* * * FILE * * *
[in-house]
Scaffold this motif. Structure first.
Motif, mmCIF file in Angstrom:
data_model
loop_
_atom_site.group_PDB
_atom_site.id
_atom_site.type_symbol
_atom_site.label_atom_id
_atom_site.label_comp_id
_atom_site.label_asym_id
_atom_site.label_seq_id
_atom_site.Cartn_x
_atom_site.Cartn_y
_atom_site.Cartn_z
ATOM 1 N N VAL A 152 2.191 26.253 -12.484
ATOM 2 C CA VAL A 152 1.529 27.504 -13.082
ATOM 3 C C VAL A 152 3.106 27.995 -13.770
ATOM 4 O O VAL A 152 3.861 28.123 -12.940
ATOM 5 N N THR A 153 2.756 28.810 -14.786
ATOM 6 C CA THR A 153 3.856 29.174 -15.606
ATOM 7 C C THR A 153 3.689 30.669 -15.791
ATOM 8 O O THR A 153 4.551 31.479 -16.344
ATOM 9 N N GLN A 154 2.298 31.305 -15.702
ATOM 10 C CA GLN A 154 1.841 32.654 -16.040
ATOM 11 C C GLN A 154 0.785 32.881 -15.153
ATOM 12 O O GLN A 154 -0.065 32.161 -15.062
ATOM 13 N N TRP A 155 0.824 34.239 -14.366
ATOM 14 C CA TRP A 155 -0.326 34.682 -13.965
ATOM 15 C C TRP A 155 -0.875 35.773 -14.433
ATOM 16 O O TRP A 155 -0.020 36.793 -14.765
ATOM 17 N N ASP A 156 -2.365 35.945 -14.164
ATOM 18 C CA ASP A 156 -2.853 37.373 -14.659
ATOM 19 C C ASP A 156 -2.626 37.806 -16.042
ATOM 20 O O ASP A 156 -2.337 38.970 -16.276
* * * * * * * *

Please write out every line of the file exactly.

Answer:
[in-house]
Scaffold this motif. Structure first.
Motif, mmCIF file in Angstrom:
data_model
loop_
_atom_site.group_PDB
_atom_site.id
_atom_site.type_symbol
_atom_site.label_atom_id
_atom_site.label_comp_id
_atom_site.label_asym_id
_atom_site.label_seq_id
_atom_site.Cartn_x
_atom_site.Cartn_y
_atom_site.Cartn_z
ATOM 1 N N VAL A 152 2.191 26.253 -12.484
ATOM 2 C CA VAL A 152 1.529 27.504 -13.082
ATOM 3 C C VAL A 152 3.106 27.995 -13.770
ATOM 4 O O VAL A 152 3.861 28.123 -12.940
ATOM 5 N N THR A 153 2.756 28.810 -14.786
ATOM 6 C CA THR A 153 3.856 29.174 -15.606
ATOM 7 C C THR A 153 3.689 30.669 -15.791
ATOM 8 O O THR A 153 4.551 31.479 -16.344
ATOM 9 N N GLN A 154 2.298 31.305 -15.702
ATOM 10 C CA GLN A 154 1.841 32.654 -16.040
ATOM 11 C C GLN A 154 0.785 32.881 -15.153
ATOM 12 O O GLN A 154 -0.065 32.161 -15.062
ATOM 13 N N TRP A 155 0.824 34.239 -14.366
ATOM 14 C CA TRP A 155 -0.326 34.682 -13.965
ATOM 15 C C TRP A 155 -0.875 35.773 -14.433
ATOM 16 O O TRP A 155 -0.020 36.793 -14.765
ATOM 17 N N ASP A 156 -2.365 35.945 -14.164
ATOM 18 C CA ASP A 156 -2.853 37.373 -14.659
ATOM 19 C C ASP A 156 -2.626 37.806 -16.042
ATOM 20 O O ASP A 156 -2.337 38.970 -16.276